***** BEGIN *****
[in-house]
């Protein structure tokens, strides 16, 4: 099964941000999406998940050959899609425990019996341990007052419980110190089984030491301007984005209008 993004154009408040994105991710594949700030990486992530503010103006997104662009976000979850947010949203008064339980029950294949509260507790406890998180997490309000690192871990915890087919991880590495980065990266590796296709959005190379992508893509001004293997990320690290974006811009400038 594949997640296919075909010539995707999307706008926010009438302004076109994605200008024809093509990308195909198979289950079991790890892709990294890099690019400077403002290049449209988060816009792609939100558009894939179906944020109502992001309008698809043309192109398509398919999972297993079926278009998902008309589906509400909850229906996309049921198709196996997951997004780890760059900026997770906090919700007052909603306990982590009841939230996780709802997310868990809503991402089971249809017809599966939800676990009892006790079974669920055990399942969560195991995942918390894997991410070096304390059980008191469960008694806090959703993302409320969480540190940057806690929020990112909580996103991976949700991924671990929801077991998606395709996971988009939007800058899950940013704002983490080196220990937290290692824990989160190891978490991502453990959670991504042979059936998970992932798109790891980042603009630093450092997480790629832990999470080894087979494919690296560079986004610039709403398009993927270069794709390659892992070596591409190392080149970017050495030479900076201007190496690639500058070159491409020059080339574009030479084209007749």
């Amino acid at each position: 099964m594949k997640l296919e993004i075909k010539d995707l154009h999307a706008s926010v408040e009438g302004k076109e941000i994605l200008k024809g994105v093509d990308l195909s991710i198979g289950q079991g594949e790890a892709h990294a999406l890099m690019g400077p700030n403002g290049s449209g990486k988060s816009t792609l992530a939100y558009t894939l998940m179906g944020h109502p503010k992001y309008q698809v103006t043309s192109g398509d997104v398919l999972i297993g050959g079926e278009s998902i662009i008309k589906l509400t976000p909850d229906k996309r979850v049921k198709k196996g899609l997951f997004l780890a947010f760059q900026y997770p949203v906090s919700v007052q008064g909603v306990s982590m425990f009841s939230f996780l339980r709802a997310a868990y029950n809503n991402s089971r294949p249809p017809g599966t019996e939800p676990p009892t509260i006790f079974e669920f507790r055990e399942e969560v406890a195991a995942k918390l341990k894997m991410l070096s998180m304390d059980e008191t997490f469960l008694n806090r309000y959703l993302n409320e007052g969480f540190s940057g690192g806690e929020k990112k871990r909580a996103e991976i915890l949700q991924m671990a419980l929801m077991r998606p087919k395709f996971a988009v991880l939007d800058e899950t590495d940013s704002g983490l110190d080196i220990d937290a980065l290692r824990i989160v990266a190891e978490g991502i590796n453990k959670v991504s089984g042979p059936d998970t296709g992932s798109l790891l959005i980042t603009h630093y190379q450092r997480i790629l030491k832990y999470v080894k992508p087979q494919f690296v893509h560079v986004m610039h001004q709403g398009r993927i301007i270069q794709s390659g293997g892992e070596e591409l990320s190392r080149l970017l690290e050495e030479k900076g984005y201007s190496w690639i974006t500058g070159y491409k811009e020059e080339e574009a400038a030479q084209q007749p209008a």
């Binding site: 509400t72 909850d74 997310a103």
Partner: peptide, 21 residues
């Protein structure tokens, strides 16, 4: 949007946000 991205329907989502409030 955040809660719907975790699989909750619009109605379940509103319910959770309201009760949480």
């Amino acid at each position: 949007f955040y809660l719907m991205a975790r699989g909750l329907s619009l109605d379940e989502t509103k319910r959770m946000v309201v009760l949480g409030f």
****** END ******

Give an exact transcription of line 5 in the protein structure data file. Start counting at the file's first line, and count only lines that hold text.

Partner: peptide, 21 residues